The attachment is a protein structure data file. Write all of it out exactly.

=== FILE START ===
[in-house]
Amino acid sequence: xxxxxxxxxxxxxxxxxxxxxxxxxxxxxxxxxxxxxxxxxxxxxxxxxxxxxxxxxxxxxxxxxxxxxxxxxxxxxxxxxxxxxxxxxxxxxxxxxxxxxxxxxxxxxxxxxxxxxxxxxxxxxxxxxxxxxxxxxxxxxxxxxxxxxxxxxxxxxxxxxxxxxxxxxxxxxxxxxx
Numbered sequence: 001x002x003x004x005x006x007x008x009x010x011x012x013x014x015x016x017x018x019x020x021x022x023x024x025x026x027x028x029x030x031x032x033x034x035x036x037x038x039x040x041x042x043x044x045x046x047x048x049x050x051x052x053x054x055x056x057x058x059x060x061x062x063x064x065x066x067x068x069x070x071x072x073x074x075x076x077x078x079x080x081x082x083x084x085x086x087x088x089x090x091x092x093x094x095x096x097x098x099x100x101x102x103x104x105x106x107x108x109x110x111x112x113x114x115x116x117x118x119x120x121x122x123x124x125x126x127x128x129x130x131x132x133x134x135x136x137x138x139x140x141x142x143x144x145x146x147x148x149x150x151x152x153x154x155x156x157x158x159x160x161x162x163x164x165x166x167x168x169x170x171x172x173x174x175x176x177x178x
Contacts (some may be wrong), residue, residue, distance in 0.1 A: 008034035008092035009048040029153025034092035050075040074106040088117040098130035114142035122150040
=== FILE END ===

[in-house]
Amino acid sequence: xxxxxxxxxxxxxxxxxxxxxxxxxxxxxxxxxxxxxxxxxxxxxxxxxxxxxxxxxxxxxxxxxxxxxxxxxxxxxxxxxxxxxxxxxxxxxxxxxxxxxxxxxxxxxxxxxxxxxxxxxxxxxxxxxxxxxxxxxxxxxxxxxxxxxxxxxxxxxxxxxxxxxxxxxxxxxxxxxx
Numbered sequence: 001x002x003x004x005x006x007x008x009x010x011x012x013x014x015x016x017x018x019x020x021x022x023x024x025x026x027x028x029x030x031x032x033x034x035x036x037x038x039x040x041x042x043x044x045x046x047x048x049x050x051x052x053x054x055x056x057x058x059x060x061x062x063x064x065x066x067x068x069x070x071x072x073x074x075x076x077x078x079x080x081x082x083x084x085x086x087x088x089x090x091x092x093x094x095x096x097x098x099x100x101x102x103x104x105x106x107x108x109x110x111x112x113x114x115x116x117x118x119x120x121x122x123x124x125x126x127x128x129x130x131x132x133x134x135x136x137x138x139x140x141x142x143x144x145x146x147x148x149x150x151x152x153x154x155x156x157x158x159x160x161x162x163x164x165x166x167x168x169x170x171x172x173x174x175x176x177x178x
Contacts (some may be wrong), residue, residue, distance in 0.1 A: 008034035008092035009048040029153025034092035050075040074106040088117040098130035114142035122150040